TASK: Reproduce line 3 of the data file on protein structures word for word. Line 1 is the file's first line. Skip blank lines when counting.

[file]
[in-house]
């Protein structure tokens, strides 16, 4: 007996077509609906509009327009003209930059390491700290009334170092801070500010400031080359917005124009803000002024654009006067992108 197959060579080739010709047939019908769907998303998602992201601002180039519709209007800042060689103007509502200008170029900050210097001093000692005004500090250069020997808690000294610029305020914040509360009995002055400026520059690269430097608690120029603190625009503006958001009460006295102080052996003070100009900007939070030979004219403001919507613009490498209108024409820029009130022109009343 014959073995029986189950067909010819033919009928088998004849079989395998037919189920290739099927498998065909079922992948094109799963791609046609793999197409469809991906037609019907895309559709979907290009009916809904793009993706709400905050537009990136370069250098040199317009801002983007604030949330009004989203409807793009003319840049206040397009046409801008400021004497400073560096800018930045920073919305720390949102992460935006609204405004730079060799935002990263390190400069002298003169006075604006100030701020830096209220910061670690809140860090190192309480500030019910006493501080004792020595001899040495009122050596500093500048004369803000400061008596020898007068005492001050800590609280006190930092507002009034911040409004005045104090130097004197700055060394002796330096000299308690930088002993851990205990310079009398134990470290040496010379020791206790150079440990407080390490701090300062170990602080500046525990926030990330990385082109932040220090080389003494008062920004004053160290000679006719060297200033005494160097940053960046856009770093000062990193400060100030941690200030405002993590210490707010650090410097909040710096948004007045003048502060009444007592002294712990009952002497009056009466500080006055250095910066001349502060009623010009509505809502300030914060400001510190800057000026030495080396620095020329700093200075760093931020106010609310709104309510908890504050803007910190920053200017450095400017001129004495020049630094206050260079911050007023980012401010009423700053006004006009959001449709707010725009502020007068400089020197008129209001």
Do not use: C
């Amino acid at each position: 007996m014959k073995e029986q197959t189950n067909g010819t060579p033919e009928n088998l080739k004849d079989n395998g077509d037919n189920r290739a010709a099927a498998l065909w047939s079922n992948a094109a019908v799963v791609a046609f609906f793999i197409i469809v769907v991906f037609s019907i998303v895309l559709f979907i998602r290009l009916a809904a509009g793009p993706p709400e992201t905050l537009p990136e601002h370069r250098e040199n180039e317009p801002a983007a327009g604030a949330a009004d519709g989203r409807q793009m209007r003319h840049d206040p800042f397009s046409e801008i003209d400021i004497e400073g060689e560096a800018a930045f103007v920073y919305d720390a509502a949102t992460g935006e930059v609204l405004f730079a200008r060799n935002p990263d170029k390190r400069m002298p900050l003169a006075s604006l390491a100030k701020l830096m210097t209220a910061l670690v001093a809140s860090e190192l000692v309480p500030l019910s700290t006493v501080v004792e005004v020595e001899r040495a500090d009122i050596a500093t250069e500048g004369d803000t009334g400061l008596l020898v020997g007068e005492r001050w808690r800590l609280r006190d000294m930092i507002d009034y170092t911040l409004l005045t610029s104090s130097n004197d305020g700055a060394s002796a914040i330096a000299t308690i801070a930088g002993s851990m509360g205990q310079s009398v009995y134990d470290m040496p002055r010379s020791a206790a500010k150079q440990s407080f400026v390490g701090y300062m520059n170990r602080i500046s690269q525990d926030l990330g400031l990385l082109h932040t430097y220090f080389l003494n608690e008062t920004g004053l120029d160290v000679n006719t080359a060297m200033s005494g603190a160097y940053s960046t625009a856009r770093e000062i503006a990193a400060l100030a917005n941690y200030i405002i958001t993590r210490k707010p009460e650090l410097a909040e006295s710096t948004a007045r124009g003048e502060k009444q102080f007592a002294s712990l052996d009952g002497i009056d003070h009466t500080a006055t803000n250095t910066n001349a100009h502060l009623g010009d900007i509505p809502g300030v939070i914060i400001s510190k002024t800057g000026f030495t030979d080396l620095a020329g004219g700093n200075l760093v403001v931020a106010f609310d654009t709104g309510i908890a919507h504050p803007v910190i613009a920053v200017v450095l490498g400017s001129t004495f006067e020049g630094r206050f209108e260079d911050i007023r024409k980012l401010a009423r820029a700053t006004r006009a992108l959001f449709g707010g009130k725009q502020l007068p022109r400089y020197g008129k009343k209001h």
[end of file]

Do not use: C